A group of people whose members identify with each other, through a common heritage. For the purpose of this definition, ethnocultural communities include Canadians of diverse culture such as, but not limited to African, Arab, Asian, Latin American or mixed heritage.
- Final report
A final report is submitted at the end of your project based on the requirements in the funding agreement. Your final report needs to provide the results of the activities you have undertaken for the duration of your project.
- Final financial report
A final financial report includes, as separate items, the budget as well as all of the revenues realized and expenditures incurred for the given period with regard to the Project being funded.
- Financial statements
A complete set of financial statements, including a statement of financial position; a statement of operations; and a statement of changes in financial position. Financial statements may be audited or unaudited.
- Heritage organization
Incorporated not-for-profit Canadian organizations with a mandate and key policies related to the collection, preservation, interpretation, research and study, and/or the exhibition of cultural collections which are open to the public. The following are recognized as heritage organizations: museums, art galleries, archives, aquariums, insectariums, zoos, biodomes and botanical gardens, science and interpretation centres, planetariums and archaeological, historical and ethnographic sites.
- Indigenous communities
Indigenous communities are First Nations, Inuit and Métis communities.
- Interim reports
Interim reports are submitted during your project based on the requirements in the funding agreement. These reports indicate the results of the activities undertaken for a specific period. In addition, they include a status report on the work to be accomplished and include updated revenue and expense reports.
- Management letter
A letter from a chartered accountant which normally accompanies audited financial statements. Based on the chartered accountant's audit and analysis of the organization's financial records and statements, this letter communicates observations of particular interest to the organization's management.
- Not-for-profit professional arts organization
An incorporated organization operating in one or more artistic discipline(s) with a core mission and primary activity of creation or production of professional artistic works; presentation of professional artistic works; and/or training of professional artists. Furthermore, it is an organization that is registered and operates as a non-profit arts entity with a board of directors overseeing its operations. It has a paid artistic director, or equivalent and the organization pays artist fees at established national standards for the artistic discipline(s) and practice in which it operates. Finally the organization has internal or external oversight of the organization’s finances and produces annual financial statements.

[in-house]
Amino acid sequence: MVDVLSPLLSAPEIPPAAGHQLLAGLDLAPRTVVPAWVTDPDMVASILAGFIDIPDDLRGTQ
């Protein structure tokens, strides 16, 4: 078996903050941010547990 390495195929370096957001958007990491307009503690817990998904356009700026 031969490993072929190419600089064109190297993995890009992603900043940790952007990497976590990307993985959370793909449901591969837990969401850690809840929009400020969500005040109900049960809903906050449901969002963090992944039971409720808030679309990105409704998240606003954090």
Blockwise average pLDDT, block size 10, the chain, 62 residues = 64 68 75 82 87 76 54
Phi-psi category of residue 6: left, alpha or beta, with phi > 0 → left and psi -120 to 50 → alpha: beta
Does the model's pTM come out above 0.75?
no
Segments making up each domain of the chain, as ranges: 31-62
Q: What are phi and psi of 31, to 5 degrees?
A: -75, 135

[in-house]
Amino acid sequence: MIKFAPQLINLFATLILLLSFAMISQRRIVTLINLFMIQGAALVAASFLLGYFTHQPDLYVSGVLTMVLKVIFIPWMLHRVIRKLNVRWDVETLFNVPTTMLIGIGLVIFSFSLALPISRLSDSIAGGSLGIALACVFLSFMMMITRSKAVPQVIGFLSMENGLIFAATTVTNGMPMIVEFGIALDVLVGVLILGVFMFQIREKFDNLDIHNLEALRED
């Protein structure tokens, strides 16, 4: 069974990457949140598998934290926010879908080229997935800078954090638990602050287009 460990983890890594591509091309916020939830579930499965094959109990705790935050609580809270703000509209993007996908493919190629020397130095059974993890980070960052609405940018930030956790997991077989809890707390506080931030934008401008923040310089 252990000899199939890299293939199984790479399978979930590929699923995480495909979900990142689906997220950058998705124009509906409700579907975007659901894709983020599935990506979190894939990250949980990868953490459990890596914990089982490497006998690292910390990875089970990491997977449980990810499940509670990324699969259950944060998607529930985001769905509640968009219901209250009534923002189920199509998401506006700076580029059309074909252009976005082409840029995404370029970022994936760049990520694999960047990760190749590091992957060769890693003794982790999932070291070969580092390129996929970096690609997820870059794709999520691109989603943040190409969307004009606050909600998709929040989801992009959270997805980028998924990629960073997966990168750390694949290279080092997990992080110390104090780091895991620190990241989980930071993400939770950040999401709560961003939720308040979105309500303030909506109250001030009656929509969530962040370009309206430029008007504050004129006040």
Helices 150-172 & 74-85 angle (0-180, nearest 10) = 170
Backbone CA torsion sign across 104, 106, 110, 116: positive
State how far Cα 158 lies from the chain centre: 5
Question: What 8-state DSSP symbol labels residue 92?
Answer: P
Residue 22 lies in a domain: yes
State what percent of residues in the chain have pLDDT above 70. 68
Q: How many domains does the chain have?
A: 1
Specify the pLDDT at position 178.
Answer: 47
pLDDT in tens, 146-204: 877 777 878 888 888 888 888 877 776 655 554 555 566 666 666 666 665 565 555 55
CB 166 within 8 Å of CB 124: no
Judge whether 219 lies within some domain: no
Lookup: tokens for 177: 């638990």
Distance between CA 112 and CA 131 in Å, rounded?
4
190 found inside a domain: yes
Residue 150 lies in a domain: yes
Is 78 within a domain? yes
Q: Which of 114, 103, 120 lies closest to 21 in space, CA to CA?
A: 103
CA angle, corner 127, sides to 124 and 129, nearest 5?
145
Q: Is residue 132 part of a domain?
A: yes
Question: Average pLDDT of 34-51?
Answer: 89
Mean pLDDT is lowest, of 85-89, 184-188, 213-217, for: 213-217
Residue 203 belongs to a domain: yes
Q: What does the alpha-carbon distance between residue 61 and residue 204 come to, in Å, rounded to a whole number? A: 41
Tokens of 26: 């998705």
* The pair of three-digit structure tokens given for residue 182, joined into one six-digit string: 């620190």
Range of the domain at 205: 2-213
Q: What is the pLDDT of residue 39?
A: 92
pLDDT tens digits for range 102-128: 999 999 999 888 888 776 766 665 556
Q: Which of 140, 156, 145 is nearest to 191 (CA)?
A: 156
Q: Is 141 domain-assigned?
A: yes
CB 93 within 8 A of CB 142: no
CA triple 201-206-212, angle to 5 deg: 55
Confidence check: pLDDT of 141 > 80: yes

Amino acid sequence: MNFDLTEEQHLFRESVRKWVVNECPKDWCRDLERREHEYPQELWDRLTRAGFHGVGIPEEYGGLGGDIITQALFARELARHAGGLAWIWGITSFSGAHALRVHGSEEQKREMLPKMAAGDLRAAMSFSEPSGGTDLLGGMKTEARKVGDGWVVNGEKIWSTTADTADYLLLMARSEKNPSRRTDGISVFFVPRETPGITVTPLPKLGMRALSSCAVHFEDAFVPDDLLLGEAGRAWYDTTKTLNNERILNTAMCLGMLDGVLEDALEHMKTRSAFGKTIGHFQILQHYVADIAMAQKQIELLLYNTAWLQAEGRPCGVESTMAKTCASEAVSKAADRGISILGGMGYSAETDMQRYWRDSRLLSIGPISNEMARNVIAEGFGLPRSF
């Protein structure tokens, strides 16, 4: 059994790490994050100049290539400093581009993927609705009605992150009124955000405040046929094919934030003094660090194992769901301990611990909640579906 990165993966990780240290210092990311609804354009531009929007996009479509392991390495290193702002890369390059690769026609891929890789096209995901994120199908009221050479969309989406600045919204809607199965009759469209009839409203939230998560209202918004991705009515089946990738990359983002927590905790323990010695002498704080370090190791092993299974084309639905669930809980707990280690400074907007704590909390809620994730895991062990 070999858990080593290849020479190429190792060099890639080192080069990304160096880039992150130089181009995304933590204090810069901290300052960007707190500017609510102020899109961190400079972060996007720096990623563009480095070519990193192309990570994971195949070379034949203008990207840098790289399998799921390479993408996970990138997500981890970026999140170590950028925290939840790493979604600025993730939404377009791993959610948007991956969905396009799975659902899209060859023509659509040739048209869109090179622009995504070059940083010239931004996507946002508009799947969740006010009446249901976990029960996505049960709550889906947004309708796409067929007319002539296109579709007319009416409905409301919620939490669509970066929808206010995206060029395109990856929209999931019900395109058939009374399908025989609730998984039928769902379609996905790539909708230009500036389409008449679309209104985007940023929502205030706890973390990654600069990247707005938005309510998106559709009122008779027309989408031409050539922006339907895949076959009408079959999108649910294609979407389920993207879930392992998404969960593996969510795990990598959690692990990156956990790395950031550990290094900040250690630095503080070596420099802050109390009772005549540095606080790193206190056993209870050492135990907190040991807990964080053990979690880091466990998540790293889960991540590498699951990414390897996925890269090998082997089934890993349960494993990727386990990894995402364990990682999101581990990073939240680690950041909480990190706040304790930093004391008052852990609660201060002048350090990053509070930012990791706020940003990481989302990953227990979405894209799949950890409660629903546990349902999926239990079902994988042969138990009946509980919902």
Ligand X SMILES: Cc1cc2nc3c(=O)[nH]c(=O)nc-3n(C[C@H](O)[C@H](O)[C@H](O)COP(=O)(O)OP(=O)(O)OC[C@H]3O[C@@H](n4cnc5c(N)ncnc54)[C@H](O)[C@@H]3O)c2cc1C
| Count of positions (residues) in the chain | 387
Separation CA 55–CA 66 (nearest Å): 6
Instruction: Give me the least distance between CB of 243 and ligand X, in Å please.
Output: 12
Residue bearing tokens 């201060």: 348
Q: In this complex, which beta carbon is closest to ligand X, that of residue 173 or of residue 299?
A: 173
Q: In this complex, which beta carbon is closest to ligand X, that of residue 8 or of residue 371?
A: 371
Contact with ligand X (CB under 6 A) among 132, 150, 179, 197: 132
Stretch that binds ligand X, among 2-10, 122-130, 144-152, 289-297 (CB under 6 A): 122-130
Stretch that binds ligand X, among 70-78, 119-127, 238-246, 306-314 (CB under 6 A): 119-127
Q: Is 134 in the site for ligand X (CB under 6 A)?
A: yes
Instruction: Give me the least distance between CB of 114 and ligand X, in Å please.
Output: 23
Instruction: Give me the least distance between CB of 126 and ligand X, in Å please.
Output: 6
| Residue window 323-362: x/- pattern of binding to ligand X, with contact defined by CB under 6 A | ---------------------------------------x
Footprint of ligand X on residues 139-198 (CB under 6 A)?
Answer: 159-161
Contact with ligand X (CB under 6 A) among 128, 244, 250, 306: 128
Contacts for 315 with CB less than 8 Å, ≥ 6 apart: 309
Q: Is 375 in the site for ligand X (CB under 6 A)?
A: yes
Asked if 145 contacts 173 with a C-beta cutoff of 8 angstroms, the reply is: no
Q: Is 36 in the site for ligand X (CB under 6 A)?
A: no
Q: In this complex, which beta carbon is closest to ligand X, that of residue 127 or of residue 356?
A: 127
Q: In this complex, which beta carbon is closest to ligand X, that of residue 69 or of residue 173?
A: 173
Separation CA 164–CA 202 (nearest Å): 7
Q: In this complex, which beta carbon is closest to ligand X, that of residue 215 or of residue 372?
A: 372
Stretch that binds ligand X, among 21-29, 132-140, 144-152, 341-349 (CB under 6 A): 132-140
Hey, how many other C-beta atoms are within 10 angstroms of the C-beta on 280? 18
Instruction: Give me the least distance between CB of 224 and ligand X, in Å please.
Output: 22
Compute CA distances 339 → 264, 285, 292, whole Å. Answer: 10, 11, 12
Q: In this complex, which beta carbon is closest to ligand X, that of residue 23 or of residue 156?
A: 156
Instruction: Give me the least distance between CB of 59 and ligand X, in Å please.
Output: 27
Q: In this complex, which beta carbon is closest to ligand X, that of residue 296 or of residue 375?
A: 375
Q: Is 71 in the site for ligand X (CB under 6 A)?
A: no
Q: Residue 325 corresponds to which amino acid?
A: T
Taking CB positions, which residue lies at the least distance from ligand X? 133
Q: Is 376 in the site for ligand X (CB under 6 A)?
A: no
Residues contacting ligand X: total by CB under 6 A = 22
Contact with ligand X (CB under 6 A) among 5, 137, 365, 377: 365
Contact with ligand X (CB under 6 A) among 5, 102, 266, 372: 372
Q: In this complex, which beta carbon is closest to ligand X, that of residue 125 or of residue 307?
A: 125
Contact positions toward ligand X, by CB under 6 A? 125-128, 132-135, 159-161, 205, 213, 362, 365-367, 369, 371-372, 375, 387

- Official-language minority communities
The official-language minority communities are the Anglophone communities residing in Quebec and the Francophone communities residing outside of Quebec.
Outcomes are the results of an effort to attain a goal, the consequences of the activities and outputs. They are usually associated with an action word (e.g. "increased", "improved"). They demonstrate the "Why" of the project, and must be measurable and directly related to the objectives.
Outputs are products or services generated by activities, and provide evidence that the activity did occur. They demonstrate the "What" of the project.
- Performance indicator
An indicator is a qualitative or quantitative means of measuring an outcome, with the intention of gauging the performance of a project. Performance indicators are the key pieces of information that need to be collected in order to determine if the project has achieved its objectives or final outcomes.
- Qualitative performance indicators: Qualitative indicators are expressed as opinions, behaviours or attitudes. Whenever possible, these performance indicators are generalized by the use of a rating scale, this will allow for comparability for a given period.
- Quantitative performance indicators: Quantitative performance indicators are expressed as statistical measurements such as numbers, percentages, or ratios.
- Performance measurement strategy
Data sources and methodologies that will be used to collect, measure and analyze performance of the project against its planned results/objectives. The range of information in a performance measurement strategy could include: reach, outputs and outcomes, performance indicators, data sources, methodology, and costs.
- Remote region
A community with a population of less than 50,000 which is located more than 200 kilometers from an urban centre with a population over 100,000 or a provincial capital.
- Rural region
A community with a population of less than 50,000 which is located between 50 and 200 kilometers from an urban centre with a population over 100,000.
- Strategic plan
The strategic plan clearly describes an organization's mandate, its near, mid and long-term goals or objectives, as well as the priority actions necessary to realize these goals and objectives. The strategic planning process should analyze the internal and external factors, assess the risks and determine mitigation plans.